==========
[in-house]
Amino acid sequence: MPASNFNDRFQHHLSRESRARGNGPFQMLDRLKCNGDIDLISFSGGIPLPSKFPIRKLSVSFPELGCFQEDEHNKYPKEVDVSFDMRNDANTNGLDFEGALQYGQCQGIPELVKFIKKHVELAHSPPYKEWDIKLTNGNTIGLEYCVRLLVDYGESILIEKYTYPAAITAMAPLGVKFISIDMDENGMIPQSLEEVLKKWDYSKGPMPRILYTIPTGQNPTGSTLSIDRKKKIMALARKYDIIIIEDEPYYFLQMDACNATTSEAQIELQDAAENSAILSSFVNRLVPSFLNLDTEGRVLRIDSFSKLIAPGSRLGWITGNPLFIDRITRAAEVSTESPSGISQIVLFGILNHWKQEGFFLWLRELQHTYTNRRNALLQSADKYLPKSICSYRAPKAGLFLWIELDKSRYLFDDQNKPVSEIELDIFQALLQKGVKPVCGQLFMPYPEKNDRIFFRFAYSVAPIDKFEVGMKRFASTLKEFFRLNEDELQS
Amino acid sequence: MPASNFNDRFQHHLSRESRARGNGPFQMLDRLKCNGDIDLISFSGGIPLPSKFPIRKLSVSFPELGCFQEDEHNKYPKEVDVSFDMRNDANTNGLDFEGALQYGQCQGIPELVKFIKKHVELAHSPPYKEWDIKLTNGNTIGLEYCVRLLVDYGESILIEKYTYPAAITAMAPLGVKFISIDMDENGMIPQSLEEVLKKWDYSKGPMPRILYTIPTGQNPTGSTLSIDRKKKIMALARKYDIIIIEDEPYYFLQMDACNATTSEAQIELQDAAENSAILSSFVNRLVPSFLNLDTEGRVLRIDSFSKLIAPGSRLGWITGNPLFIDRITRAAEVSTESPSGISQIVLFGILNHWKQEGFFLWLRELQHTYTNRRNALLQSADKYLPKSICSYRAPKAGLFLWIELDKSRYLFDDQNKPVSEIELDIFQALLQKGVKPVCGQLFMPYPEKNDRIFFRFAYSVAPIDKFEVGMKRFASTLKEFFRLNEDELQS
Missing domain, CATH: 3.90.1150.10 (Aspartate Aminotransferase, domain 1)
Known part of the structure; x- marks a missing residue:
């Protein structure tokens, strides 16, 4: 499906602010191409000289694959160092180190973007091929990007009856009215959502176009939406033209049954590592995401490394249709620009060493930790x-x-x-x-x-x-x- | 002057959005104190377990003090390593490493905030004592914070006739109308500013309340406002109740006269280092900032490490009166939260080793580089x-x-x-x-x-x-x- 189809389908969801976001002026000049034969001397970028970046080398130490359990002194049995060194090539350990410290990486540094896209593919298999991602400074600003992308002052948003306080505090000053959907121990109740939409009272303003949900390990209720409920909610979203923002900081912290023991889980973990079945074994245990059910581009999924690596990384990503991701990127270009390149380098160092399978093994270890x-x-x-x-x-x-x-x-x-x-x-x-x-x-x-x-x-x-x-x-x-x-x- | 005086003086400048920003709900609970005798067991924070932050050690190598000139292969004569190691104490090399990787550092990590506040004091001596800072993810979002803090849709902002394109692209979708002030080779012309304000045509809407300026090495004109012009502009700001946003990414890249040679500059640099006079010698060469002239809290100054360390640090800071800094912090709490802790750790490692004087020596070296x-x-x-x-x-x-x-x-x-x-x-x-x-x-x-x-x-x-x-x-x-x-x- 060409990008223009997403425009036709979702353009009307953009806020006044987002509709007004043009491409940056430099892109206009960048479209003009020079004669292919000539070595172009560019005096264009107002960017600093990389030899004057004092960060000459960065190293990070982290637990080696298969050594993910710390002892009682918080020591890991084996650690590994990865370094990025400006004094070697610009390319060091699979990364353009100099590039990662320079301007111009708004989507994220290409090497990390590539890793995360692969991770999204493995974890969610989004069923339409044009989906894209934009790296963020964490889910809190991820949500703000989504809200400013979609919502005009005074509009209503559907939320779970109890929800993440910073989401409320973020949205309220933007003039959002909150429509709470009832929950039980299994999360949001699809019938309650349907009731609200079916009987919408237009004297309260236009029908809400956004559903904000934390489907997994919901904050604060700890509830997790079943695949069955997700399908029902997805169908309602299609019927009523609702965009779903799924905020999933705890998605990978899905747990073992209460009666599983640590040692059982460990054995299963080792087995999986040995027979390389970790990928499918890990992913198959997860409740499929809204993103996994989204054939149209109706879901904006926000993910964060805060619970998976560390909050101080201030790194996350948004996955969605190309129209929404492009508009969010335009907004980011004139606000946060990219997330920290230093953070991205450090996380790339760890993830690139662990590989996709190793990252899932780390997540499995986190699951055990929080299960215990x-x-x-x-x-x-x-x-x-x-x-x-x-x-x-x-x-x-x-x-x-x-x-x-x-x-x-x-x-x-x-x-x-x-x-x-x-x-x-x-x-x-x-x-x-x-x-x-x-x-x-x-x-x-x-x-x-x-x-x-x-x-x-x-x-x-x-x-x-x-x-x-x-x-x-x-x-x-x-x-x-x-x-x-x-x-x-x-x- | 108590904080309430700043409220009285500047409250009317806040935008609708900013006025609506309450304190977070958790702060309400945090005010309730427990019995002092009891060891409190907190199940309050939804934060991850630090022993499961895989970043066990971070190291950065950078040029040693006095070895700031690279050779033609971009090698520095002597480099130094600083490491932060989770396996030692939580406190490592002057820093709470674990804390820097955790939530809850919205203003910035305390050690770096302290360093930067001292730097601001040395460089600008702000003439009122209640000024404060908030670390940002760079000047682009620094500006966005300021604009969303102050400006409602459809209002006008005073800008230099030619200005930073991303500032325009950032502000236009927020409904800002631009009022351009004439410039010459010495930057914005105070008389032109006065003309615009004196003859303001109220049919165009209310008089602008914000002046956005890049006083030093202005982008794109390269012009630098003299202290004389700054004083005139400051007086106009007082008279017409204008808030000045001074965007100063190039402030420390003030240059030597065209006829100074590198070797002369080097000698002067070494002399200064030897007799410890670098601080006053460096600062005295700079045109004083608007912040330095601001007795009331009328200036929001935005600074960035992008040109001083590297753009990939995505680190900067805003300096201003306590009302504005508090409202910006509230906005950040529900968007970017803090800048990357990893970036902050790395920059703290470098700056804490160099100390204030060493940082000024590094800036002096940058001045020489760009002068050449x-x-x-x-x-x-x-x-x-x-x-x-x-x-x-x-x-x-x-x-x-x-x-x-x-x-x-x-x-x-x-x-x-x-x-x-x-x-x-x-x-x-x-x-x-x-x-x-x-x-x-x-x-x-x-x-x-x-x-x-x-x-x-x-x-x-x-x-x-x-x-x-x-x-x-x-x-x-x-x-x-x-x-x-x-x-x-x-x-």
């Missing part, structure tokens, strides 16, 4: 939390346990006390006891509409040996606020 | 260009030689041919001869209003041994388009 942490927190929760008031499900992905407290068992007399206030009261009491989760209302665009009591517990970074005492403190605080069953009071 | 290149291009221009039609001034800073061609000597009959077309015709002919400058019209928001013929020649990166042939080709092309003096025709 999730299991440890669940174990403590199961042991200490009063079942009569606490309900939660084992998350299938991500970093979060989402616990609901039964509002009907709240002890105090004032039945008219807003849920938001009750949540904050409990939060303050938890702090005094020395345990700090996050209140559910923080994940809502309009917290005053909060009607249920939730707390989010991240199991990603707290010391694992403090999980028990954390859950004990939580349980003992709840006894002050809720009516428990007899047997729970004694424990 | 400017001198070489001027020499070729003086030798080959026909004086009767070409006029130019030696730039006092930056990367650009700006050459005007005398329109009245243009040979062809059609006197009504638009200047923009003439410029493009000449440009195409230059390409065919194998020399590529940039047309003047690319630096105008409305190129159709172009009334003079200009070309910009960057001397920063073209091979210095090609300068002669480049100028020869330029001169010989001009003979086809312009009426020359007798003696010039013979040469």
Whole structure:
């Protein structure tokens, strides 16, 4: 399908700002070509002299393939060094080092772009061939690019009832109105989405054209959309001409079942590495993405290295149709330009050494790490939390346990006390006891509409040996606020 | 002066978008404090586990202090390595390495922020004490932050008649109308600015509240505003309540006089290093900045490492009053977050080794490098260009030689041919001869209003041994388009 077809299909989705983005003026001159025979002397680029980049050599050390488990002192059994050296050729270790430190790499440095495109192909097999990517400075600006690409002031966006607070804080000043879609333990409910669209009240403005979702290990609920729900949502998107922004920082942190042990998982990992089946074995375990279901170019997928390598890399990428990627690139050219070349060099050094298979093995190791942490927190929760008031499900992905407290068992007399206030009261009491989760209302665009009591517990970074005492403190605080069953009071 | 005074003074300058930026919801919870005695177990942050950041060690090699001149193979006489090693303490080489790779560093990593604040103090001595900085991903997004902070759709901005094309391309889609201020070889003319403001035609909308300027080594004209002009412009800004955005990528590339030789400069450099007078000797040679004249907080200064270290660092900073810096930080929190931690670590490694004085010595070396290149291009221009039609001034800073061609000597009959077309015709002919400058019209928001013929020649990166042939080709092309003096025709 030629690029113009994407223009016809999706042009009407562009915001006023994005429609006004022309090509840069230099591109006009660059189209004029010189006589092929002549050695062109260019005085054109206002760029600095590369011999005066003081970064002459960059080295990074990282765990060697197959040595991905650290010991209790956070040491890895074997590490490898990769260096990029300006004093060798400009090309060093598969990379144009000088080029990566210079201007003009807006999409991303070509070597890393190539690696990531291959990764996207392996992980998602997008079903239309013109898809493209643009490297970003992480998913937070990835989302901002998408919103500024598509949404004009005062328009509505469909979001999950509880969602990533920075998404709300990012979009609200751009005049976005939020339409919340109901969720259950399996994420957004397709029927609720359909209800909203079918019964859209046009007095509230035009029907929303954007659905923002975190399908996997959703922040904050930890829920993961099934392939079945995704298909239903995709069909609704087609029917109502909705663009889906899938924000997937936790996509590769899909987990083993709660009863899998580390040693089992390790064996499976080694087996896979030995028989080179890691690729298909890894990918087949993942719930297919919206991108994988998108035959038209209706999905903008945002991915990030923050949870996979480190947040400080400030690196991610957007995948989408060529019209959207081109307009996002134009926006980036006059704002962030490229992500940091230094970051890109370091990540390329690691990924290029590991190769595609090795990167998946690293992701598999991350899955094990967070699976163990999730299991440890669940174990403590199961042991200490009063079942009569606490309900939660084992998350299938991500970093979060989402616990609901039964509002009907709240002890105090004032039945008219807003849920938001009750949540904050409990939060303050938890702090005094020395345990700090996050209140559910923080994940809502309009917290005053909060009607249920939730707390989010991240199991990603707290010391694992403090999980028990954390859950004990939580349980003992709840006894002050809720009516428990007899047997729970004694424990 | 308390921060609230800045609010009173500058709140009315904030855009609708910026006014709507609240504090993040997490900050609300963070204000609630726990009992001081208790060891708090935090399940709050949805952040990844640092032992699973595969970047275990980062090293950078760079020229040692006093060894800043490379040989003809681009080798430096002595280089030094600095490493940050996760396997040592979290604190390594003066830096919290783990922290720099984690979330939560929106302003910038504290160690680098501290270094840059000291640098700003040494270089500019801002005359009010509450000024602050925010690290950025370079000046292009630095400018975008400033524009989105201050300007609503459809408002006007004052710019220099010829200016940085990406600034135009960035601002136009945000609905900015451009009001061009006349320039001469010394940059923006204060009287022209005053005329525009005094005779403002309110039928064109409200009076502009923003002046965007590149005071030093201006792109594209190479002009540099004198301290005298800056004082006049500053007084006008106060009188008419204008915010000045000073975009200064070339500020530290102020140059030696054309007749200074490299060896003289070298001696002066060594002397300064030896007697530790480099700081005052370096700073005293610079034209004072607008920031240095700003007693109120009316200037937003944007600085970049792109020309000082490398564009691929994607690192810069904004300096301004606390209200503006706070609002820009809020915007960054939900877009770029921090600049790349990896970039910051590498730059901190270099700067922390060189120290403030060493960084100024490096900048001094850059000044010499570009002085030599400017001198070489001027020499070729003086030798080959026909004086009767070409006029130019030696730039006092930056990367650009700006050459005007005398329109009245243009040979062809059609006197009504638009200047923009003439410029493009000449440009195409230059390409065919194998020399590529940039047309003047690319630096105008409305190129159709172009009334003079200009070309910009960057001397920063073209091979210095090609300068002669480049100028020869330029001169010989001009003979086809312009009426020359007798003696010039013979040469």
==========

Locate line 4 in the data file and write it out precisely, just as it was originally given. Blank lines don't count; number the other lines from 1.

Missing domain, CATH: 3.90.1150.10 (Aspartate Aminotransferase, domain 1)